Given how much money we spend on wrinkle remedies, bronzing creams and mud facials, you'd think our skin is mere decoration. But disturbing as this may seem to you readers with disinfecting wipes in your pockets, the normal human epidermis doubles as a complex ecosystem every bit as vibrant as the Amazon rainforest or the African Serengeti.
Our external surface area, which ranges from an average of 1.6 square meters in adult women to 1.9 square meters in men, is populated by a vast number of other life forms [source: Medterms.com]. Just how vast? Your hide is home to approximately 1 trillion bacteria, which is about 150 times the entire human population of our planet [source: Todar]. That population includes close to 500 different bacterial species, including 44 that live in the neighborhood that covers your forearm and another 19 who own real estate behind your ears [source: Science Daily, Science Daily]. That's not necessarily a bad thing, either. Some of the bacteria on your skin perform beneficial functions, like preventing excessive inflammation after injuries to the skin [source: Warner].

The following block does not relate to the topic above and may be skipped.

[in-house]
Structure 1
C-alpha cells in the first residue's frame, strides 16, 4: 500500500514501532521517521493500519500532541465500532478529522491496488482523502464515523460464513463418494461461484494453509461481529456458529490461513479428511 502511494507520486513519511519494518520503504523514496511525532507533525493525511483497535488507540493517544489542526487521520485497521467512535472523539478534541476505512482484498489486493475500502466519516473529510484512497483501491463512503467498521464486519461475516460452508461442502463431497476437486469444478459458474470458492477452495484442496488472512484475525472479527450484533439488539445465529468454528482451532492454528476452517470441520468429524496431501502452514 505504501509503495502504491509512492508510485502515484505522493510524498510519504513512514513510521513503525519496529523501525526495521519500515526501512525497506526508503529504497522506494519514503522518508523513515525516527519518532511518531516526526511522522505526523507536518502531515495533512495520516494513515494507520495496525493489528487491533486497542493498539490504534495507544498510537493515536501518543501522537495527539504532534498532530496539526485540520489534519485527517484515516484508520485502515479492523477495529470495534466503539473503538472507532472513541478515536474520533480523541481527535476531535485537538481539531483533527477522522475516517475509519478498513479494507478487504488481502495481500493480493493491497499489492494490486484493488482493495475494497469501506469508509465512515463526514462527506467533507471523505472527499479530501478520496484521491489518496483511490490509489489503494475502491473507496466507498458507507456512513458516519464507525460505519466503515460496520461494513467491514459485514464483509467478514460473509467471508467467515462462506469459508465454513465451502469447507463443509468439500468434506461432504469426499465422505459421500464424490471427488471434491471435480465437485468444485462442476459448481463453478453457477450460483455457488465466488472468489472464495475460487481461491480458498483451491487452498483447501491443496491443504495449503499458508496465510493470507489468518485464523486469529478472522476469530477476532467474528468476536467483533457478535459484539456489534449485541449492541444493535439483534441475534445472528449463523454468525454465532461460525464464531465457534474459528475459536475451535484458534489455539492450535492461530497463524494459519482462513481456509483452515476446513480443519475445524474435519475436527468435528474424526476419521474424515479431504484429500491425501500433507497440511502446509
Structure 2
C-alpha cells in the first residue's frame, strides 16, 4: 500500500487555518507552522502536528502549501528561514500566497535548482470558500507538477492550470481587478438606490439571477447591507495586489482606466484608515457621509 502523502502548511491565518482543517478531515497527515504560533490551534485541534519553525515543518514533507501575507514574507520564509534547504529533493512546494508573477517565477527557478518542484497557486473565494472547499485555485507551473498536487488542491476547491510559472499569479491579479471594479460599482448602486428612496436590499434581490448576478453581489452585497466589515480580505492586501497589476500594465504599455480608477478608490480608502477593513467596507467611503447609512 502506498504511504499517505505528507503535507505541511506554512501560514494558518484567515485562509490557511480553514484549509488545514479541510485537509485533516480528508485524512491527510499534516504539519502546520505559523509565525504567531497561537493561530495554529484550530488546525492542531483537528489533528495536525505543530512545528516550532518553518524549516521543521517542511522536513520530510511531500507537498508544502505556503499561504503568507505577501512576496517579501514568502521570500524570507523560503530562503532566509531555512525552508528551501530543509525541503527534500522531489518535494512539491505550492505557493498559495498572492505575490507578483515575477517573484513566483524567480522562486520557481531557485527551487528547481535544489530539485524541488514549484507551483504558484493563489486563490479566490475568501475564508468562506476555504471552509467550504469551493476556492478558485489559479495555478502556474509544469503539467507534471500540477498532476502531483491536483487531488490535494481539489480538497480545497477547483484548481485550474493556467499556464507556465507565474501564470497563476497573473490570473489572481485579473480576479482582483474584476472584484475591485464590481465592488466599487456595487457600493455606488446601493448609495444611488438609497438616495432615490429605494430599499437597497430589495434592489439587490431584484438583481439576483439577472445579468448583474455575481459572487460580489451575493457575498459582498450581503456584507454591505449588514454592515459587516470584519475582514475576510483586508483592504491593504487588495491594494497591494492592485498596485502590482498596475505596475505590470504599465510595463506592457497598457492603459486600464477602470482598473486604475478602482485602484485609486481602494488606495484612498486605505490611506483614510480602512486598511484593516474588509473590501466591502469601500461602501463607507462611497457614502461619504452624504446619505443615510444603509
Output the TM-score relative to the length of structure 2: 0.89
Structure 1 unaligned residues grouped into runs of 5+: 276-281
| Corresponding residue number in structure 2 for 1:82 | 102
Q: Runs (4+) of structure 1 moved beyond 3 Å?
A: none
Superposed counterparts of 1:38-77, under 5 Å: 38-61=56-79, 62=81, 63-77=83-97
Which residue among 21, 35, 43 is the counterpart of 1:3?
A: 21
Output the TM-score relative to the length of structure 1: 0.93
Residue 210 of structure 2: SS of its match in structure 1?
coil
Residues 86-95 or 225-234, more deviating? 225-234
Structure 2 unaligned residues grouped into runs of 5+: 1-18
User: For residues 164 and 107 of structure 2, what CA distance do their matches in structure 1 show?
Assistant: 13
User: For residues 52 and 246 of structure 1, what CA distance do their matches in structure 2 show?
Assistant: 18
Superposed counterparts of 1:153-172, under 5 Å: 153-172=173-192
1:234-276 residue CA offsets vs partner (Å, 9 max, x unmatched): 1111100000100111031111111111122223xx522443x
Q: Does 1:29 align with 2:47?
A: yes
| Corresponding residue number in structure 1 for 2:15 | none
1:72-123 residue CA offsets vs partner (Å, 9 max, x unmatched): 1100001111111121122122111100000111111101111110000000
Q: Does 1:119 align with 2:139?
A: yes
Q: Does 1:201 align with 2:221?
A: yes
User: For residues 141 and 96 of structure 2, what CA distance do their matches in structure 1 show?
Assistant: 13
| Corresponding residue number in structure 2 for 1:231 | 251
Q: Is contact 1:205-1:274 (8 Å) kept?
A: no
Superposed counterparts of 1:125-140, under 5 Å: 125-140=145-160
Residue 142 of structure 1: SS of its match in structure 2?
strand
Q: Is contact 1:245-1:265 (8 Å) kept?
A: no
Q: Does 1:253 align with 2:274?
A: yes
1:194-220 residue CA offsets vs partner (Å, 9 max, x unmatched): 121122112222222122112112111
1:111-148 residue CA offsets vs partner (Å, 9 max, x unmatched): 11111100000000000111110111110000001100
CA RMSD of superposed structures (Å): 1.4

Additionally, you may have scores of other tiny tenants, from the mites that live in your eyebrows, to fungi and small insects. Some are harmless, while others cause unpleasant but minor skin ailments, like acne or jock itch. But more than a few can cause potentially serious illnesses, such as antibiotic-resistant infections or Lyme disease. So, we need to be careful what creatures we host.
Here's a look at 10 life forms crawling around on our skin.